The Red Knots “Vote with their Wings”
Clive Minton is fond of saying, “the knots vote with their wings” as a way of saying knots concentrate in the best places for knots. Of course it’s true, animals move to the habitats they find most suitable, nature leaves little room for anything but. Sometimes however, animals use a habitat only because they have little choice — in other words, they are making the best of a bad situation. The job of a good wildlife biologist is to understand the difference. Unfortunately, it’s often not obvious.
In all the places studied by this author — Tierra del Fuego, the Arctic, and many places in between — knots distinguish themselves as highly selective habitat specialists. There are many practical reasons for this: usually knots occur in flocks and thus require more space than many other species. More importantly, as they put on weight for their incredibly long-distance flights, they often push the limit of safe wing-loading (body weight to wing area). This makes them vulnerable to predators, both real and imagined. They need more flying space, more space for advance warning of a predator’s presence. They demand special roost habitats as well, especially night roosts that are free from disturbance and have good sight distances. Altogether they need more.
In Delaware Bay, they need all this, but above all they need good horseshoe crab egg densities. In the mid 2000’s when shorebird numbers were high, the demand for those eggs exceeded the production from the rapidly diminishing crab population. Knots wandered the bay like homeless refugees. Competition for eggs drew tens of thousands of birds to places unused by knots in healthier times.
Mispillion Harbor, Delaware, for example, in some years supported much of the knot population in the Bay because it acts like a funnel-trap for crabs. Crabs wandered into the harbor through long stone jetties finding themselves in crab breeding heaven, sandy shoals in a closed space, free from wind-generated waves that normally leave them upside down. The egg-laying frenzy caused eggs to reach epic densities, thus preparing many shorebirds for their onward journey to the Arctic. Tens of thousands of shorebird packed into Mispillion Harbor in densities so high that one could smell ammonia off-gassing from the amount of bird waste.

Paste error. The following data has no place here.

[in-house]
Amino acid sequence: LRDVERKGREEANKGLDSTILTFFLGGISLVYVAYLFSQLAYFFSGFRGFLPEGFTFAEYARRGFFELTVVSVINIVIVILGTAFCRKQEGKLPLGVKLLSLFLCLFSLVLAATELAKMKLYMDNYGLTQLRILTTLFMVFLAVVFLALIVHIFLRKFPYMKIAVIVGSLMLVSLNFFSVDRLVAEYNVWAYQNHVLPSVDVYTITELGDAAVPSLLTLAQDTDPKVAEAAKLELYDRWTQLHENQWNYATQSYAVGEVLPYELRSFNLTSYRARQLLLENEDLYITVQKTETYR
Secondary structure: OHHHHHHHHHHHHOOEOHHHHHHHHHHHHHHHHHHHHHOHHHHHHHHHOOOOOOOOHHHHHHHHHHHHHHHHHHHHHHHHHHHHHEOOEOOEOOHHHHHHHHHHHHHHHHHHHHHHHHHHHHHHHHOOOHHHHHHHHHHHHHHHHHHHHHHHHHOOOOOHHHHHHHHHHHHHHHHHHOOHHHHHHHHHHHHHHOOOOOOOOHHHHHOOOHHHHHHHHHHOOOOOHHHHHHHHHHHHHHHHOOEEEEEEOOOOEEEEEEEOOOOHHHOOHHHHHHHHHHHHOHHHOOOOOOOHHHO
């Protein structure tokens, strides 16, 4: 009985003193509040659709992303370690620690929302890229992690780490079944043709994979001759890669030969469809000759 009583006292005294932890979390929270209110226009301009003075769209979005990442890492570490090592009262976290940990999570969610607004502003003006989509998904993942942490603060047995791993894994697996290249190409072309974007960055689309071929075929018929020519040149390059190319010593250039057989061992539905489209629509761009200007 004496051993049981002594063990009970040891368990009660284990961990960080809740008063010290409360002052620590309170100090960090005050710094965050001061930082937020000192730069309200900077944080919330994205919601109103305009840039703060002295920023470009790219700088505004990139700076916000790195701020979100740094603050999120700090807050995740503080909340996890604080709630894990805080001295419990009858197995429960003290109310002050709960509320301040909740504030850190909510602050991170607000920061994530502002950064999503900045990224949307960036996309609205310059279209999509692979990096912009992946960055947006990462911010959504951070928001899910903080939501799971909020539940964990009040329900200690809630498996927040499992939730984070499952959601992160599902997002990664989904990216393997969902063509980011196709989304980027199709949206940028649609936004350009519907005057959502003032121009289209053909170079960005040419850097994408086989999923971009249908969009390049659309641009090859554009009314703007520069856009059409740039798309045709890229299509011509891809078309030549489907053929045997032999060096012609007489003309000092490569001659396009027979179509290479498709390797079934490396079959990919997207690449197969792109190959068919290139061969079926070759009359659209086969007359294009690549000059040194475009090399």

But for knots, Mispillion left a lot to be desired. The same jetties that protect the inner harbor from wind-driven waves also provide low-flying raptors the cover to pounce on flocks before they can easily react. Fat birds make easy prey for peregrine falcons, who themselves struggle to keep up with the insatiable hunger of rapidly growing chicks.
But even as shorebird numbers fell in response to the reduced crab numbers, egg densities improved in other places. Knots reassessed their choices and voted with their wings.
This is why this year’s high count of red knots on the New Jersey side of the Bay are so important. Two days ago, Mark Peck, Joe Smith and I flew the entire Bay to count knots, ruddy turnstones and sanderlings. We counted over 24,000 knots, with 21,000 of these using the beaches managed by the many groups that take part in shorebird management on the New Jersey shore of Delaware Bay.
I am not saying this is a competition between two states — I’m saying the numbers serve as assurance that all our hard work is paying off. It’s a confirmation that the beach restoration projects, the Shorebird Stewards project, the reTURN the Favor crab rescue project, and more are bearing fruit. These coordinated strategies are led by Conserve Wildlife Foundation of New Jersey, American Littoral Society, Manomet Center for Conservation Sciences, New Jersey Audubon Society, the Wetlands Institute, Citizens United to Protect the Maurice River, The Nature Conservancy, as well as Downe Township, Maurice River Township, Middle Township and the Division of Fish and Wildlife, New Jersey Department of Environmental Protection. This work is funded by the US Department of Interior, Fish and Wildlife Service, the National Fish and Wildlife Foundation and the Willliam Penn Foundation. Good work all!
We now near the end of the stopover season at Delaware Bay. Three days of southerly winds are proving irresistible for many birds. Nearly two-thirds have left and the rest will be gone in a few days. Thanks to the people who love birds and the residents of the Bay, they leave well-prepared for the next stage of their challenging and inspiring lives.